The Edward Jenner Veterinary Leadership Programme runs as a MOOC (massive open online course) and is hosted on the well-established FutureLearn digital education platform. The programme is now accepting registrations for a new cohort of learners to begin the first of three courses on 26 November. A ‘sign-up’ email has been sent out to all veterinary surgeons and veterinary nurses ahead of the course starting.

This course is the result of a collaboration between the RCVS and the NHS Leadership Academy. By adopting a range of conventional and innovative teaching techniques, the course aims to emphasise the importance of leadership by helping to foster the range of skills that underpin it.

This includes building confidence around the everyday aspects of leadership, such as the active application of decision-making, growing resilience, implementing an inclusive culture and encouraging reflective learning approaches.

“This has been a great experience; I have looked forward to spending the time out to do it. It hasn’t felt like a course but an interactive learning exercise that has given me time to reflect on myself and how I can impact on others, it has also help me accept who I am and am how I am developing in my role. I would recommend this course to someone who really enjoys deep thinking and self-awareness,” Sally Coles RVN

One of the course’s most popular aspects is its audio drama, which follows the lives of veterinary professionals living in the fictional county of Glenvern. The stories that depict the characters’ working lives seek to reveal the diverse leadership challenges that veterinary professionals face on a day-to-day basis. This in turn prompts the listener to reflect, consider how they would respond, and learn from their own experiences as well as those of other people.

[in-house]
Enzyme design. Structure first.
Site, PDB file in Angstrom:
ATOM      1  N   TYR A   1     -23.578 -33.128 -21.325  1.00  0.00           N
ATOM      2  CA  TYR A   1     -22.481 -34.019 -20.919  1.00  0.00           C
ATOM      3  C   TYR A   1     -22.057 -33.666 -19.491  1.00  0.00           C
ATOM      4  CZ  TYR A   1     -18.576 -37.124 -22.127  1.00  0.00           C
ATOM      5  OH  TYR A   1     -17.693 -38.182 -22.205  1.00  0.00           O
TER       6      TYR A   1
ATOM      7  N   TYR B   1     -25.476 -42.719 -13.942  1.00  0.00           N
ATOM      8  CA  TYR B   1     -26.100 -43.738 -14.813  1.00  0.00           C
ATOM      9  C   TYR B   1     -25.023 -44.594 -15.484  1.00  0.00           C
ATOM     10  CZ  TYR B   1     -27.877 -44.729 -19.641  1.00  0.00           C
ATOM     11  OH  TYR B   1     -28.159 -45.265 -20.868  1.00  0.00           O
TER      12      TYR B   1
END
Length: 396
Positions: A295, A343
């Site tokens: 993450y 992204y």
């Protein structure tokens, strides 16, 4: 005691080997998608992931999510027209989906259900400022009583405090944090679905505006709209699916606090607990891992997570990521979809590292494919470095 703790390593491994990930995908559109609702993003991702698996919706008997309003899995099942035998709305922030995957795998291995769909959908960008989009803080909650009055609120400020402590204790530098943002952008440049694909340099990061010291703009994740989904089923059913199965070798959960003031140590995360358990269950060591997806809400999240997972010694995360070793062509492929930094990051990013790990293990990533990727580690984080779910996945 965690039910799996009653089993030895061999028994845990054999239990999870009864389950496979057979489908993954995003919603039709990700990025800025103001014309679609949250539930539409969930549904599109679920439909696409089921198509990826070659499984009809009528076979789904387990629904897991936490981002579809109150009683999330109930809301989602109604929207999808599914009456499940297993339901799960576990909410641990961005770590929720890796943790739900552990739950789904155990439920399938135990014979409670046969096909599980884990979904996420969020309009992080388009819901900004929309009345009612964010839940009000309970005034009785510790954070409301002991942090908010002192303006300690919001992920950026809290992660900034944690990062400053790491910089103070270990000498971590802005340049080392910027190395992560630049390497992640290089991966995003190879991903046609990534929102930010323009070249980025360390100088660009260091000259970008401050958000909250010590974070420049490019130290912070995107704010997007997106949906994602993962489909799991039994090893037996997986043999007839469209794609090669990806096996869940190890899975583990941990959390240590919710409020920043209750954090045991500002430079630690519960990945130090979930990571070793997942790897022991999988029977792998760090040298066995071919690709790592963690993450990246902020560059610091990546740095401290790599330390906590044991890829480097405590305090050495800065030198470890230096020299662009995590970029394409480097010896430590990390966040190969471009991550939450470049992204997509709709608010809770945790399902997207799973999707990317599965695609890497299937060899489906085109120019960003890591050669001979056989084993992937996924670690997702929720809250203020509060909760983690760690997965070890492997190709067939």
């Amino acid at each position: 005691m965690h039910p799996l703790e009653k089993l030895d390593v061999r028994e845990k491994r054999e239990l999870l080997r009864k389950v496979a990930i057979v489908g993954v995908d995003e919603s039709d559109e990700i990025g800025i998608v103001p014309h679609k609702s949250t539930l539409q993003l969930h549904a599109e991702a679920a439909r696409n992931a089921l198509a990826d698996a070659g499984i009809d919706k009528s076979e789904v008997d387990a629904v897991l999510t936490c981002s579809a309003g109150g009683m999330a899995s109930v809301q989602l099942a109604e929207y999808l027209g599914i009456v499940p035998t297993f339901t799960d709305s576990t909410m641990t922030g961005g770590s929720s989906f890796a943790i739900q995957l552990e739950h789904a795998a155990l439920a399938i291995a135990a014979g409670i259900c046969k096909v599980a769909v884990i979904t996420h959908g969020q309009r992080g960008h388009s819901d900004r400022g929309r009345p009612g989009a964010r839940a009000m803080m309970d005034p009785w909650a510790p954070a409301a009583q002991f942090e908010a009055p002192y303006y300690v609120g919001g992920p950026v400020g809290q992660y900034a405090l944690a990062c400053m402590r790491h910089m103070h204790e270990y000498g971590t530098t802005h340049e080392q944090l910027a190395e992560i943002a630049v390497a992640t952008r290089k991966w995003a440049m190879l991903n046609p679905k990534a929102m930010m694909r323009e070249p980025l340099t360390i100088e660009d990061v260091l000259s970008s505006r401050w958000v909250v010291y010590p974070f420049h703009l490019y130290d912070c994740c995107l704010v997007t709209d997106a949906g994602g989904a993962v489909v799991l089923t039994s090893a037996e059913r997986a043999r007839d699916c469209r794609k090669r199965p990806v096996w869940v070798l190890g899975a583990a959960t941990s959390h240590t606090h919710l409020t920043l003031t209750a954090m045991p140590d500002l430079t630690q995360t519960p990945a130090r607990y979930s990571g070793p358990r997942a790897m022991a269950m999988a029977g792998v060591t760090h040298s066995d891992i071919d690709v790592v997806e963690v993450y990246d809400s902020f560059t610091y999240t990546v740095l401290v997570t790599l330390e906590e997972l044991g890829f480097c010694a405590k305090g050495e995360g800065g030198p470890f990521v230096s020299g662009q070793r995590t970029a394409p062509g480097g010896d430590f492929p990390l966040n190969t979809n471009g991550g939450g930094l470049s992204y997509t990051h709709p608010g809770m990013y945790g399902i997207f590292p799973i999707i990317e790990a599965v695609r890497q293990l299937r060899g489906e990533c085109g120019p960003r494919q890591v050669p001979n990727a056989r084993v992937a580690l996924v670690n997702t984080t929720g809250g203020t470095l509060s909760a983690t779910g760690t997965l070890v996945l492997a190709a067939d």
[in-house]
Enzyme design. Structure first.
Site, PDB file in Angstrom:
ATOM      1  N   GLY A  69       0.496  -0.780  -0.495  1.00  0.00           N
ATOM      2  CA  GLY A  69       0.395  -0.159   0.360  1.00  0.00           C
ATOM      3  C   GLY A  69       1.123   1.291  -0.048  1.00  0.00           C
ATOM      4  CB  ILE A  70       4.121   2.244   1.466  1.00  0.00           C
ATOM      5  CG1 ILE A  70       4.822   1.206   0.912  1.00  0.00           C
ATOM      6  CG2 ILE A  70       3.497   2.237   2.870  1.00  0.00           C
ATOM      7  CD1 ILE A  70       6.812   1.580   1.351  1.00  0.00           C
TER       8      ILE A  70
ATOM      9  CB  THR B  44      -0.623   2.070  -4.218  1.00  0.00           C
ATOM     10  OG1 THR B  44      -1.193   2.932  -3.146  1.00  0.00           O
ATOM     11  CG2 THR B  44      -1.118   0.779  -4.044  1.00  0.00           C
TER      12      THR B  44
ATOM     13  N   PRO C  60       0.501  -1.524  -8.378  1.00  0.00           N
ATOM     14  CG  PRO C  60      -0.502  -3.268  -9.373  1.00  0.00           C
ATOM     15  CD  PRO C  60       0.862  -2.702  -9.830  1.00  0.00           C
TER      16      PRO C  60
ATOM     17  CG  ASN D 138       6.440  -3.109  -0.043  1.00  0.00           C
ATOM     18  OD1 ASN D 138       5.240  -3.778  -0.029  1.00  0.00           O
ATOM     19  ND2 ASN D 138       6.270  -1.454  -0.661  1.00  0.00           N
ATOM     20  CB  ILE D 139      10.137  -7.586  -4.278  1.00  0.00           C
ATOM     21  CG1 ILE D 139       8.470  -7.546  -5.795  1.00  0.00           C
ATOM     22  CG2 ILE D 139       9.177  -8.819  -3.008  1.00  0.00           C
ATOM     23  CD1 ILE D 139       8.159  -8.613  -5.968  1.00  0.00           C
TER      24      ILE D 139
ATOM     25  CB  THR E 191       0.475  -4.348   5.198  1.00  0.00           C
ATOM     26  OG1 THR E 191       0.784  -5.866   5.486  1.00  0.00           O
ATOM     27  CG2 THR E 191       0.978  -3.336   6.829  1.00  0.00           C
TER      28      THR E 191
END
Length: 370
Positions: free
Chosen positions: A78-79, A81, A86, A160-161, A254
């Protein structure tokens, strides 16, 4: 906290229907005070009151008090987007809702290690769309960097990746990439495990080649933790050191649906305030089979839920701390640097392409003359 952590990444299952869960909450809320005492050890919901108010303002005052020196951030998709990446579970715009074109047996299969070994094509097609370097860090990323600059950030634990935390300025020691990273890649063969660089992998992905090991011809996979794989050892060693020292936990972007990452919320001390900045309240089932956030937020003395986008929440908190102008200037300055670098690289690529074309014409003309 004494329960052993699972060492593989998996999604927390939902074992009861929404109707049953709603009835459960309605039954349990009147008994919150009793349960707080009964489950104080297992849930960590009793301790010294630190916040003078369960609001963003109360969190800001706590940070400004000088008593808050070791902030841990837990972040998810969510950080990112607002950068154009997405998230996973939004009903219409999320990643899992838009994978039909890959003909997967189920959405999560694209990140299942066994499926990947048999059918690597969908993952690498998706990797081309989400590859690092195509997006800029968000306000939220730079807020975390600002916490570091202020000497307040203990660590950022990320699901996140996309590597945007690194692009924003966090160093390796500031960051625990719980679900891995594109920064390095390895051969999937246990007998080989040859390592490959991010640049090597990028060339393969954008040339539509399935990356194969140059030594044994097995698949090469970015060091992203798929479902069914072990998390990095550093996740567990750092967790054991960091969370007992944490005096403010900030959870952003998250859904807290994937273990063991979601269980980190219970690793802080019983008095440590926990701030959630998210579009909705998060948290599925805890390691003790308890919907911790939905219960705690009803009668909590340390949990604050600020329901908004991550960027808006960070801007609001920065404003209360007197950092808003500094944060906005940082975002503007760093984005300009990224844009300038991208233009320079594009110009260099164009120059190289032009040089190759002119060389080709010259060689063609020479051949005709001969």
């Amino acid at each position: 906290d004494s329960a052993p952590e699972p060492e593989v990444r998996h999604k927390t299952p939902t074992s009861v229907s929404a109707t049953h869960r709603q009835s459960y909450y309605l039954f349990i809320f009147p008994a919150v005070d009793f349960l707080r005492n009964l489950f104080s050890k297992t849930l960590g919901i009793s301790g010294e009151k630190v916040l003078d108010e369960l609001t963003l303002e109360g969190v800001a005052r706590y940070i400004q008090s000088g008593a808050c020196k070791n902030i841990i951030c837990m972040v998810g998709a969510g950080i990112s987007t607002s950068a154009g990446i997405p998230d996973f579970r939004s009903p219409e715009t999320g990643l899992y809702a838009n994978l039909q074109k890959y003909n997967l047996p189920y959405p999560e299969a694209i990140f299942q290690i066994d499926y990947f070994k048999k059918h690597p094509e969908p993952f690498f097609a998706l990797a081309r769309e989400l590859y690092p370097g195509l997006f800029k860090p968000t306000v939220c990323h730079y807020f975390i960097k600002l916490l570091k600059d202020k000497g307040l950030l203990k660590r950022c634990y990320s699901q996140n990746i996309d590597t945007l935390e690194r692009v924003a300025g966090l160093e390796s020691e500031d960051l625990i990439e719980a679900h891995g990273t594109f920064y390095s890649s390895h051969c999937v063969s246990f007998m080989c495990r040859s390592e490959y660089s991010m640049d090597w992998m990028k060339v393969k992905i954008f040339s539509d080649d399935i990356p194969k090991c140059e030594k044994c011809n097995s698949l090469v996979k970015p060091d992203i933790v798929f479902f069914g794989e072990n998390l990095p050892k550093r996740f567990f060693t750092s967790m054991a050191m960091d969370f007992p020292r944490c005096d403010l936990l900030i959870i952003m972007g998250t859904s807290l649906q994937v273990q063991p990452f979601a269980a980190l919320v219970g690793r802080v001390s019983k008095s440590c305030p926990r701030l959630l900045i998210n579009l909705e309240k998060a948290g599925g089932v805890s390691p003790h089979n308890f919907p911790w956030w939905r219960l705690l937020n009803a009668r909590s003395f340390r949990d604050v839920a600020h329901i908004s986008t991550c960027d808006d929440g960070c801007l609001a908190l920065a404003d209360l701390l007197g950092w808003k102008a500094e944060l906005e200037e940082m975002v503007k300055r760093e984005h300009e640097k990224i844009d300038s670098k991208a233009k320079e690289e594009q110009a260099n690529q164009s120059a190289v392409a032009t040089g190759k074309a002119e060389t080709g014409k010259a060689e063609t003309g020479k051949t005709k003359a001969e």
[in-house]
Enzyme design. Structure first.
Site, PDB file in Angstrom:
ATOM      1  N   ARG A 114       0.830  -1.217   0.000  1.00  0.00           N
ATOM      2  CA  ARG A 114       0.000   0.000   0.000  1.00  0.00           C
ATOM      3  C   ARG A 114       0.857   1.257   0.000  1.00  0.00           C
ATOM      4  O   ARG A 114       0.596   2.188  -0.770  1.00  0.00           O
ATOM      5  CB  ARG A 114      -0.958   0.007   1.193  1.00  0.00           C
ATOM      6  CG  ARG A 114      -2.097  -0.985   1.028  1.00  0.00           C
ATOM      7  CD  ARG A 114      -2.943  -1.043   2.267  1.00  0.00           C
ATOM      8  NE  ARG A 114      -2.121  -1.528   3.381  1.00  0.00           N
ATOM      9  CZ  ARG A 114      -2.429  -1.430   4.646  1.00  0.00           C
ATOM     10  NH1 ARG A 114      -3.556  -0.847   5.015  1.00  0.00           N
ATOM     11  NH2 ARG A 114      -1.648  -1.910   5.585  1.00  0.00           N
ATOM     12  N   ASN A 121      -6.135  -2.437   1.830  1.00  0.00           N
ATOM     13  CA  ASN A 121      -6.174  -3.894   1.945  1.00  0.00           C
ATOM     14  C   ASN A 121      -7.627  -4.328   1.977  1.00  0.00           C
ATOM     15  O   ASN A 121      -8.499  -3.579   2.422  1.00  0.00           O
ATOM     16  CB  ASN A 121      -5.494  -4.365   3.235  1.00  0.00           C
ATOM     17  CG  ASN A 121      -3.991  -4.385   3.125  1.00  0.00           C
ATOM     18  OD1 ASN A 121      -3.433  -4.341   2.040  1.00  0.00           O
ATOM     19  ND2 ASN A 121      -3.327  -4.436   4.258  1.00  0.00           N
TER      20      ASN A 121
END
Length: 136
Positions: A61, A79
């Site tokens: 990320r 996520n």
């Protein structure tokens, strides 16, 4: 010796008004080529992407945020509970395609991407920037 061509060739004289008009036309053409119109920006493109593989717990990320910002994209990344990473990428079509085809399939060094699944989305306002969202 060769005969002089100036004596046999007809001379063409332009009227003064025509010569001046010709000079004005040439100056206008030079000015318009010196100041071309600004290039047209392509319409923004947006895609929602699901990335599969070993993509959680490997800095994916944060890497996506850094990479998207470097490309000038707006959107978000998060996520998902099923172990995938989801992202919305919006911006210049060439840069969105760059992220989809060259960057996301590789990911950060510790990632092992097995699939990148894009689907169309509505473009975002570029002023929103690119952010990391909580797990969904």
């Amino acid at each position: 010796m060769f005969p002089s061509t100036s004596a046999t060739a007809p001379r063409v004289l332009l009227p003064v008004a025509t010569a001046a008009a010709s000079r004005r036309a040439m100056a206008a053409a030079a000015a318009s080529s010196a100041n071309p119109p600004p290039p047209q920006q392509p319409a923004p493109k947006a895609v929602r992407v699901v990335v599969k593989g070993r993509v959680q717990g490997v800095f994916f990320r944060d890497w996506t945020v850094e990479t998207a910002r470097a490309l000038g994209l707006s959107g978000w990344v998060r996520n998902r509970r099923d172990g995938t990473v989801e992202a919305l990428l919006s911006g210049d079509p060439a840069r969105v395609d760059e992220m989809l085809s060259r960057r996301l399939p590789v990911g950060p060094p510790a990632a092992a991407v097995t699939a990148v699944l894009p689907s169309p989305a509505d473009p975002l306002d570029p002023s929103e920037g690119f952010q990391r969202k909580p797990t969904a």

The programme comprises two free-to-access courses and an optional paid for assessment. The first course was piloted this summer, with over 550 veterinary surgeons, veterinary nurses, students and practice managers helping to develop and refine the material, whilst a group of learners are currently piloting the second course in the series.

Given the overwhelmingly positive feedback received on the first course (as shown by the feedback quotes shown throughout this page) the RCVS have now opened the programme to all veterinary professionals. The first course in the programme will begin on 26 November and the second course will open in January, once the second stage of piloting is complete.

“This course really highlighted leadership qualities that are often taken for granted. The course demonstrates that you do not need a status position in order to demonstrate effective leadership even though status positions are often where we look for leadership. I would recommend this course to both vets and nurses in clinical practice,” Simon Patchett, MRCVS, veterinary surgeon at Vets Now 24/7 Emergency and Specialty Hospital, Glasgow

Commenting on the roll out of the leadership programme, RCVS Director of Leadership and Innovation, Anthony Roberts (pictured above), said: “I am very pleased to be able to announce the launch of this programme. I would urge anyone with an interest in developing their leadership skills, as well as those looking to refine their longstanding leadership skills, to take part.

The feedback we have received on the first course in this programme has shown us that this MOOC has a far-reaching application, and is both educational and enjoyable. Whether you are a vet, veterinary nurse, practice manager or student, this programme will be relevant and useful in your professional career.”

For more information you can email leadership@rcvs.org.uk